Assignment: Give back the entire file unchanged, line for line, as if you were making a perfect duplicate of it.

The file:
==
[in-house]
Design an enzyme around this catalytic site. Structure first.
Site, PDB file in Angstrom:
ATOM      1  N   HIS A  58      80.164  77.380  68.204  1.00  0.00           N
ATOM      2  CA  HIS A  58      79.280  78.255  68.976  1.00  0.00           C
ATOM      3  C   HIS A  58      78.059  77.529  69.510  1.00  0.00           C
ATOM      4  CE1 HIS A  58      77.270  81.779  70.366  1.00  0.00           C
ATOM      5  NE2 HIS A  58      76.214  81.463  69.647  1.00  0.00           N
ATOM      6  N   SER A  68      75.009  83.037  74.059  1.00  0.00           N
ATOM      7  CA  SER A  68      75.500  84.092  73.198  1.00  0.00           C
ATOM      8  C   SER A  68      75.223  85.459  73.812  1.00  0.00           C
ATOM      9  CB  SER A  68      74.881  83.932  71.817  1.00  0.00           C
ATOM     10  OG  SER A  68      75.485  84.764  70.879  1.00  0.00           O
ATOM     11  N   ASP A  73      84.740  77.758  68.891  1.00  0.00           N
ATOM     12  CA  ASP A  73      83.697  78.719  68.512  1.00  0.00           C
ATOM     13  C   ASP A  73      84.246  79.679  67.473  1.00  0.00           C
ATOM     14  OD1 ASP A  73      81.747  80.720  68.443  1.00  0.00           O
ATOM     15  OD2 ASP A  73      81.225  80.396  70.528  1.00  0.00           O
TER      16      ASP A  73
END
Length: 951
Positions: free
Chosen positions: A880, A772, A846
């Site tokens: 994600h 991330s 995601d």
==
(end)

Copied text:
[in-house]
Design an enzyme around this catalytic site. Structure first.
Site, PDB file in Angstrom:
ATOM      1  N   HIS A  58      80.164  77.380  68.204  1.00  0.00           N
ATOM      2  CA  HIS A  58      79.280  78.255  68.976  1.00  0.00           C
ATOM      3  C   HIS A  58      78.059  77.529  69.510  1.00  0.00           C
ATOM      4  CE1 HIS A  58      77.270  81.779  70.366  1.00  0.00           C
ATOM      5  NE2 HIS A  58      76.214  81.463  69.647  1.00  0.00           N
ATOM      6  N   SER A  68      75.009  83.037  74.059  1.00  0.00           N
ATOM      7  CA  SER A  68      75.500  84.092  73.198  1.00  0.00           C
ATOM      8  C   SER A  68      75.223  85.459  73.812  1.00  0.00           C
ATOM      9  CB  SER A  68      74.881  83.932  71.817  1.00  0.00           C
ATOM     10  OG  SER A  68      75.485  84.764  70.879  1.00  0.00           O
ATOM     11  N   ASP A  73      84.740  77.758  68.891  1.00  0.00           N
ATOM     12  CA  ASP A  73      83.697  78.719  68.512  1.00  0.00           C
ATOM     13  C   ASP A  73      84.246  79.679  67.473  1.00  0.00           C
ATOM     14  OD1 ASP A  73      81.747  80.720  68.443  1.00  0.00           O
ATOM     15  OD2 ASP A  73      81.225  80.396  70.528  1.00  0.00           O
TER      16      ASP A  73
END
Length: 951
Positions: free
Chosen positions: A880, A772, A846
């Site tokens: 994600h 991330s 995601d």